Strawberry-allspice-quassia purl
  • Julia Thiel
  • Strawberry-allspice-quassia purl

Analogue, the new Logan Square cocktail bar and restaurant from Violet Hour vets Robert Haynes and Henry Prendergast, has been open for about a month now, but I didn’t make it there until last Friday. It’s a modern, minimalist joint, almost as well hidden as the Violet Hour: there’s no sign outside, and the windows are painted black, making it look a lot like an abandoned storefront. No one seems to be having much trouble finding it, though. A little before 7 PM, it was still about half empty, but by the time we left a couple hours later, the place was packed.

I met Haynes and Prendergast when I interviewed them for a feature story I did about Analogue last year, so there wasn’t much chance that I’d be anonymous (full disclosure: they not only recognized me, but also comped a couple of our drinks). While I was working on the story, the two let me taste several concoctions of the type they were envisioning for Analogue. Arguably the most unusual were the purls, essentially house-made bitters mixed with beer (historically, bittering agents like wormwood were used to preserve beer).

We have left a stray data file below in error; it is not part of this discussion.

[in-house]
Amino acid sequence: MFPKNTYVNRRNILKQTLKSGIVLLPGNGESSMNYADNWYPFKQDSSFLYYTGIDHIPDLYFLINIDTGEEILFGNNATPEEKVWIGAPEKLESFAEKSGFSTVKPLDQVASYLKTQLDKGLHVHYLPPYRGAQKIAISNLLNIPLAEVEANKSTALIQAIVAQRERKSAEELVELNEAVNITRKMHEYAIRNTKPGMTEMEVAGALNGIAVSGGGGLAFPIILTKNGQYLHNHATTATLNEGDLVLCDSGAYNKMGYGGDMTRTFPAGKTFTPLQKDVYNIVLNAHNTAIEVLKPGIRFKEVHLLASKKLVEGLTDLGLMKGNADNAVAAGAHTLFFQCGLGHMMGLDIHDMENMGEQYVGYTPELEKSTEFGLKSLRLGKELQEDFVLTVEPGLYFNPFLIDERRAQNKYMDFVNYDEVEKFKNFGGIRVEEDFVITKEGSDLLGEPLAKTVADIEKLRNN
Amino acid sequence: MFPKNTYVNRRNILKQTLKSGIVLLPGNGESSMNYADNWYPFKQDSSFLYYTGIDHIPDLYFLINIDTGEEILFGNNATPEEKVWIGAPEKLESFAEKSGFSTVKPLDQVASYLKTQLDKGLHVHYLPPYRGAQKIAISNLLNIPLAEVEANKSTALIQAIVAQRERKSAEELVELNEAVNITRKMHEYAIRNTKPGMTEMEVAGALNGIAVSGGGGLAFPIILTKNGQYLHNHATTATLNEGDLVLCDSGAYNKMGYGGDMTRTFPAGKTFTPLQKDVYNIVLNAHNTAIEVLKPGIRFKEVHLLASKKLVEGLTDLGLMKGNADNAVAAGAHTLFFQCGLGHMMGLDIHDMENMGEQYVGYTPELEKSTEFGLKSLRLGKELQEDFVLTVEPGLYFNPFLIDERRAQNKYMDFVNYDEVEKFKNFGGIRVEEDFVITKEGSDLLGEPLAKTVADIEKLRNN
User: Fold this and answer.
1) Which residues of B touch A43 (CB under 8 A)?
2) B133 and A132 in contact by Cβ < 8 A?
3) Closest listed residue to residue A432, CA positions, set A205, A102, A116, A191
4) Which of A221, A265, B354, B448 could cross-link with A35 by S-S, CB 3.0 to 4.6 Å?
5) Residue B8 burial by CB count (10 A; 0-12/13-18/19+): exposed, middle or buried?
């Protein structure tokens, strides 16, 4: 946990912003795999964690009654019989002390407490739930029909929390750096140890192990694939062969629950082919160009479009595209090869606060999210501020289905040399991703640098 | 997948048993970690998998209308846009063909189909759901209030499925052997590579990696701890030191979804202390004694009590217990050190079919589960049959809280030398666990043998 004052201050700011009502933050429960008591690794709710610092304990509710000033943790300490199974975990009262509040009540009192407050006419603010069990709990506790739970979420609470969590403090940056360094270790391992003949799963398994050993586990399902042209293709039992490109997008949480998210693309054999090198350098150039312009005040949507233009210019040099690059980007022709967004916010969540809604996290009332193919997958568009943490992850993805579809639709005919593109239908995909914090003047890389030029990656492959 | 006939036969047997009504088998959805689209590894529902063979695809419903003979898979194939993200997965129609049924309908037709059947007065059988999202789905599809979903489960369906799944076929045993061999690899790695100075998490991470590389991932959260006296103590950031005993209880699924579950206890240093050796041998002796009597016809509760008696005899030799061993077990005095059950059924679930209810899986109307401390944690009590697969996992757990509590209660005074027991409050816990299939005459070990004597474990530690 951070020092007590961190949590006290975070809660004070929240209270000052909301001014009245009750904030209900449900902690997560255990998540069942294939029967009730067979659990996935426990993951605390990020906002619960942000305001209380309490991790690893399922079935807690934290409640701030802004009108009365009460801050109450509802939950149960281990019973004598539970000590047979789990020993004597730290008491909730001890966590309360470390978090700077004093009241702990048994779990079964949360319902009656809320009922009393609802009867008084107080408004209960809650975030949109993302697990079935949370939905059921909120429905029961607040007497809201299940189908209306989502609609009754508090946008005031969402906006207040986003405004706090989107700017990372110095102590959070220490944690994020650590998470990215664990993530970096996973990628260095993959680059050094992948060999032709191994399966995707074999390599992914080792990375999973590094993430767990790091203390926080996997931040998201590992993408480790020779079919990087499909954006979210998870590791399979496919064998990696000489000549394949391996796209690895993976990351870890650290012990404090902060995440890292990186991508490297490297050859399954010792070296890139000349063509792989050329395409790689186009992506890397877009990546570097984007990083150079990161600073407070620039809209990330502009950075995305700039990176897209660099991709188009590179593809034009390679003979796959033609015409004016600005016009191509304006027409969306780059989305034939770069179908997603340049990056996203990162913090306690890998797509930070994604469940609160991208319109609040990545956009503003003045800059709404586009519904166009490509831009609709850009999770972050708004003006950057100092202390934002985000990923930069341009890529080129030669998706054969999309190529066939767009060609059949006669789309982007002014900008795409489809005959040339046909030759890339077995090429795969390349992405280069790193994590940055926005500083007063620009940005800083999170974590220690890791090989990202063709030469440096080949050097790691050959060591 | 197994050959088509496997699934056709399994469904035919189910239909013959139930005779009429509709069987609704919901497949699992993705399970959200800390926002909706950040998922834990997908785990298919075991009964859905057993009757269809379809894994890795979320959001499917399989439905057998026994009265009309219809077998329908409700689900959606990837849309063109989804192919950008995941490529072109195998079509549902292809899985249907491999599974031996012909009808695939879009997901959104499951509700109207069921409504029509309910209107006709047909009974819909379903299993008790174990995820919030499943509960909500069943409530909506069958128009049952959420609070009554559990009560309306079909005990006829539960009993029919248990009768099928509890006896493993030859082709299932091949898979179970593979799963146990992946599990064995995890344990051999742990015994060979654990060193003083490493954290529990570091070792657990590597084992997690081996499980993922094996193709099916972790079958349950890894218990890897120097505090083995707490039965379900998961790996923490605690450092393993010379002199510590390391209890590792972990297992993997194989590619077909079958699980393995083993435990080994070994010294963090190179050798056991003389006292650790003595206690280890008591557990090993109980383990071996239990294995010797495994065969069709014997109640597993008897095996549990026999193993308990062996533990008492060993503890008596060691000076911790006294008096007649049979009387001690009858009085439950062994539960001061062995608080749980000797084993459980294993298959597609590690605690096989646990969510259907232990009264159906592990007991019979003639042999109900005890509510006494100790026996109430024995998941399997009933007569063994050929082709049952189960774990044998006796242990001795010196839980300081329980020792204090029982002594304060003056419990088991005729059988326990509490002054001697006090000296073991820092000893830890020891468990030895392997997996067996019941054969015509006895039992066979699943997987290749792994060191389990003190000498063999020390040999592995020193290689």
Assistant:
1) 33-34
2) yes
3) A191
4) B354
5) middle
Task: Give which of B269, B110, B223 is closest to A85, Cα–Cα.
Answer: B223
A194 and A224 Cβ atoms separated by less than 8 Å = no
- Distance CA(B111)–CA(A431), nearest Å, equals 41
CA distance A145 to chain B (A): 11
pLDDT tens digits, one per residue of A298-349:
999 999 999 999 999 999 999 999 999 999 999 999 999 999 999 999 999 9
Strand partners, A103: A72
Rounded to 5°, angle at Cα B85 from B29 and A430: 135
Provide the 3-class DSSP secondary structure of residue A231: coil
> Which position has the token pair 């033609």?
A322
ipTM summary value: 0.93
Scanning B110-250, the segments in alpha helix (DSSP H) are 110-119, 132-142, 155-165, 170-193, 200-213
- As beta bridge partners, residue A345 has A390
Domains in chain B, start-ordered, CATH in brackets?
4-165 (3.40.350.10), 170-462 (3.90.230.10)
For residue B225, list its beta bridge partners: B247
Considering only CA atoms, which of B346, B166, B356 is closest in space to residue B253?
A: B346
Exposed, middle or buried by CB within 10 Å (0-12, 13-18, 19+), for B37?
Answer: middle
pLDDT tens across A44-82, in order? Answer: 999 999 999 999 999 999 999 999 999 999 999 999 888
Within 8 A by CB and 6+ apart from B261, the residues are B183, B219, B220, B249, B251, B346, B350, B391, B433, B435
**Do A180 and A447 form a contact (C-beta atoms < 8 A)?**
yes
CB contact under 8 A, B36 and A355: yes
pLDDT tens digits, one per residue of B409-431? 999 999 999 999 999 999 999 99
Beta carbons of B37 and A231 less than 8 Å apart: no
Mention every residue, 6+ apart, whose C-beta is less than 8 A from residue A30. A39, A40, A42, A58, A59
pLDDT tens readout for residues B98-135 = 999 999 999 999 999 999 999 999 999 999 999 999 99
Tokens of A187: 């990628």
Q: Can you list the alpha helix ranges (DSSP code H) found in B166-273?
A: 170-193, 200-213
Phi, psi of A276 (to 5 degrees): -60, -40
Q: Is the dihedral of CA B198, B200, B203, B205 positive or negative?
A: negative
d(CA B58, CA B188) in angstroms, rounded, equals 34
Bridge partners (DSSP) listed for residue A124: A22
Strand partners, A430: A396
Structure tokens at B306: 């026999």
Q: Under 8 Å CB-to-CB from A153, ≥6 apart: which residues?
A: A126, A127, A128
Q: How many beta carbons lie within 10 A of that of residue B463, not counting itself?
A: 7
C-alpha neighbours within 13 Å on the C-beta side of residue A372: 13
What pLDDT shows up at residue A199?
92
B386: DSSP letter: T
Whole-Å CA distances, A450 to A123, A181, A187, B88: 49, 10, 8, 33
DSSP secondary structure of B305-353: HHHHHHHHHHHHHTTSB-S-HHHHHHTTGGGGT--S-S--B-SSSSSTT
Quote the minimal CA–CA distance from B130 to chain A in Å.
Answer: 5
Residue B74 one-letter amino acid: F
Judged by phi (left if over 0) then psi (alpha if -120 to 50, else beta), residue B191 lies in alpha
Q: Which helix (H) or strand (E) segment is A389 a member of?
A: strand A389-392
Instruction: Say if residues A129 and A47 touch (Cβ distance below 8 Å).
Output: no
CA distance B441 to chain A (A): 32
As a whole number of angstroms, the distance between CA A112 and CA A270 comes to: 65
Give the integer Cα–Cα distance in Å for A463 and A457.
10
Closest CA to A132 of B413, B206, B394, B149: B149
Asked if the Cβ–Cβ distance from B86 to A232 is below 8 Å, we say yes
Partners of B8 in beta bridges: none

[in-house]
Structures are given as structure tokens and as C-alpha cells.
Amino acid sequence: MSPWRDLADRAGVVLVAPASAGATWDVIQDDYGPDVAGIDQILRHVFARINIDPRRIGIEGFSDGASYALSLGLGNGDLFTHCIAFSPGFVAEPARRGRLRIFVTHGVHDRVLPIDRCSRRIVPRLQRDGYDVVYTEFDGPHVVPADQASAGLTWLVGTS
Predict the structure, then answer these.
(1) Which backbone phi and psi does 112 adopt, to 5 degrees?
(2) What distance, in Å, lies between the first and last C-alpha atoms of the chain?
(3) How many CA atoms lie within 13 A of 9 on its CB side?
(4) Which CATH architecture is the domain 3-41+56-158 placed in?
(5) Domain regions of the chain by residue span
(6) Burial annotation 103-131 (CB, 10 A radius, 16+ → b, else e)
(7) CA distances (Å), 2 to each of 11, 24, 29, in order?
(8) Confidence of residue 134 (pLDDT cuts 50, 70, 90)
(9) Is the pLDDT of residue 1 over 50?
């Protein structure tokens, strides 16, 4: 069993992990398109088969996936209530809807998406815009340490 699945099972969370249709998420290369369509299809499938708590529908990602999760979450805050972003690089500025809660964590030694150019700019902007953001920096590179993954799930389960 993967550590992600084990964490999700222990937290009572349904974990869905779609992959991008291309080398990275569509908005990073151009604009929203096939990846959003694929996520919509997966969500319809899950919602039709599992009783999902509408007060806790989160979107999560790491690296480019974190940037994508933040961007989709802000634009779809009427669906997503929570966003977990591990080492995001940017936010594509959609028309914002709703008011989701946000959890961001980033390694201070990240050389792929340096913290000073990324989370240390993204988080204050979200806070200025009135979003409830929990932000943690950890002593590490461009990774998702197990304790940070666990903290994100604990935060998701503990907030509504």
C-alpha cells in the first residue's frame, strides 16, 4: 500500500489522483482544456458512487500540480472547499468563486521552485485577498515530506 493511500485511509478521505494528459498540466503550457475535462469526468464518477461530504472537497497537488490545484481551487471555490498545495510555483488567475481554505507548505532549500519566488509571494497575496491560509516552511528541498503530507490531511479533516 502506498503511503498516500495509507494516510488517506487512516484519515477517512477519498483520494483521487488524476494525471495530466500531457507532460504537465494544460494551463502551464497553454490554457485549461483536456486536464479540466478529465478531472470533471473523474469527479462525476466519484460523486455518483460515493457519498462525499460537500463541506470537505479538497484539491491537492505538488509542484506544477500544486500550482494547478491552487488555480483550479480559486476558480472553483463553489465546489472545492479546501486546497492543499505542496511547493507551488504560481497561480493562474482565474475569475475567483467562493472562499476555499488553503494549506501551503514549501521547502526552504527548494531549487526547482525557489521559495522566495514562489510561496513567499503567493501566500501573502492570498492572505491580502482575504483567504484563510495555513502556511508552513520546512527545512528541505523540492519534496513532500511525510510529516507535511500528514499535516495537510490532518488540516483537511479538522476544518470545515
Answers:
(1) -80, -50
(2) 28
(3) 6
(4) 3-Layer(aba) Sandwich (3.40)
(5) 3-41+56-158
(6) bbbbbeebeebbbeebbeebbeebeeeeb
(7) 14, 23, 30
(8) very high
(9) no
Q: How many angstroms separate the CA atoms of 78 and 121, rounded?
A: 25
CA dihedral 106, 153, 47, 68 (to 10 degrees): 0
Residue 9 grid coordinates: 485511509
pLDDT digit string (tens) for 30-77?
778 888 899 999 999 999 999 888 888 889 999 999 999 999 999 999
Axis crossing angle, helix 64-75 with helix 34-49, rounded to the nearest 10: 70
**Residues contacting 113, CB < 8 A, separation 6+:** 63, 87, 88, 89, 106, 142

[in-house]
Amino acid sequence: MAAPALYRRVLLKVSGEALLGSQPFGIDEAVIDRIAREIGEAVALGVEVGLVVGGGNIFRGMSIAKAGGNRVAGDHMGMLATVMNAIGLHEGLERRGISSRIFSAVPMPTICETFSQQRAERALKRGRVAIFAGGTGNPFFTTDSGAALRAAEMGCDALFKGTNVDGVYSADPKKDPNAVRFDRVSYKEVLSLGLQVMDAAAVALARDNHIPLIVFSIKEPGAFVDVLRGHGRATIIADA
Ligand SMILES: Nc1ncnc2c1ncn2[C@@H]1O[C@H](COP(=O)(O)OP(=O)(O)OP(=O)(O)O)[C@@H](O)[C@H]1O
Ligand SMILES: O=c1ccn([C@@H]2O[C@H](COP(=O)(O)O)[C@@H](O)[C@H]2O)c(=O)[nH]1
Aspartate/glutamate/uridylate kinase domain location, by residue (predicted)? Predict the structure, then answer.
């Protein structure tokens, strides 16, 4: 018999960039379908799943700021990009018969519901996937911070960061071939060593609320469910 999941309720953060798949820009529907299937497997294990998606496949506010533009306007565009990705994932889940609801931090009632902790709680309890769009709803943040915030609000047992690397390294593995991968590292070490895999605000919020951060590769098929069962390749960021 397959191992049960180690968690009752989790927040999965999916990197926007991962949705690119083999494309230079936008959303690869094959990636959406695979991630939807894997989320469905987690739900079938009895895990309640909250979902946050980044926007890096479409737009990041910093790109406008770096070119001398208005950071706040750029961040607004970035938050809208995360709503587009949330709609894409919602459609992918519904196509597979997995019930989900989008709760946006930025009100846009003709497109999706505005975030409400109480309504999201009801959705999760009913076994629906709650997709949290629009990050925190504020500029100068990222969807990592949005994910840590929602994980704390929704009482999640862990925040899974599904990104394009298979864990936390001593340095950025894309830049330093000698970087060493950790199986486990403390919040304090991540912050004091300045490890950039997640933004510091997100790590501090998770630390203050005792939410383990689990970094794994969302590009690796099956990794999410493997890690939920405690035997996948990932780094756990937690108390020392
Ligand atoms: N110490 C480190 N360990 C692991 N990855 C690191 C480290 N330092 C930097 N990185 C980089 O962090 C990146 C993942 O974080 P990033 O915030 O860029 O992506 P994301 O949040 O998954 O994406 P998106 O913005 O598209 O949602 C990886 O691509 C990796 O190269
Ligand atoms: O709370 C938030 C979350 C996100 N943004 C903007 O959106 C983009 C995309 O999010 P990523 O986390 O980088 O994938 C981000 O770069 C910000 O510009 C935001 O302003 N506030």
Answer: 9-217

At the time, I found them bracingly bitter—not in the league of Malort, but enough to make you sit up and take notice. The first drink I ordered at Analogue was a strawberry-allspice-quassia purl, and I realized that what I’d missed at the first tasting, because I’d only had a few sips, was the way the drink developed over time. My palate slowly adjusted to the aggressive bitterness and I was able to taste the strawberry and allspice (and, I assume, the quassia, but I don’t know what that tastes like). The sweet, floral aroma of the strip of lemon peel served in the drink helped to offset the bitterness of the purl.

My friend started off with the Radio Flyer cocktail, and I liked it so much that I ordered my own after I finished the purl. Made with Yahara Bay V bourbon, lemon, smoked brown sugar, and pumpkin bitters, it smells remarkably similar to bacon. That smokiness carries through to the flavor, which is sweet and tart, with some subtle pumpkin on the finish. I wouldn’t have expected smoky pumpkin to mesh well with the sweet tanginess of the cocktail, but it does.

The flavor combinations in the End of the Century (New Holland Freshwater Huron Rum, lime, house cacao, and Gaslight coffee) were even more unexpected—and equally successful. It smelled like cacao and coffee, and the bright, sweet rum and lime flavors were balanced out by creamy cacao. The coffee came through only in a slight bitterness on the finish (although I only had a few sips, since it was my friend’s drink). It’s a weird cocktail, but I’d drink it again any day.

Julia Thiel writes about booze on Wednesdays.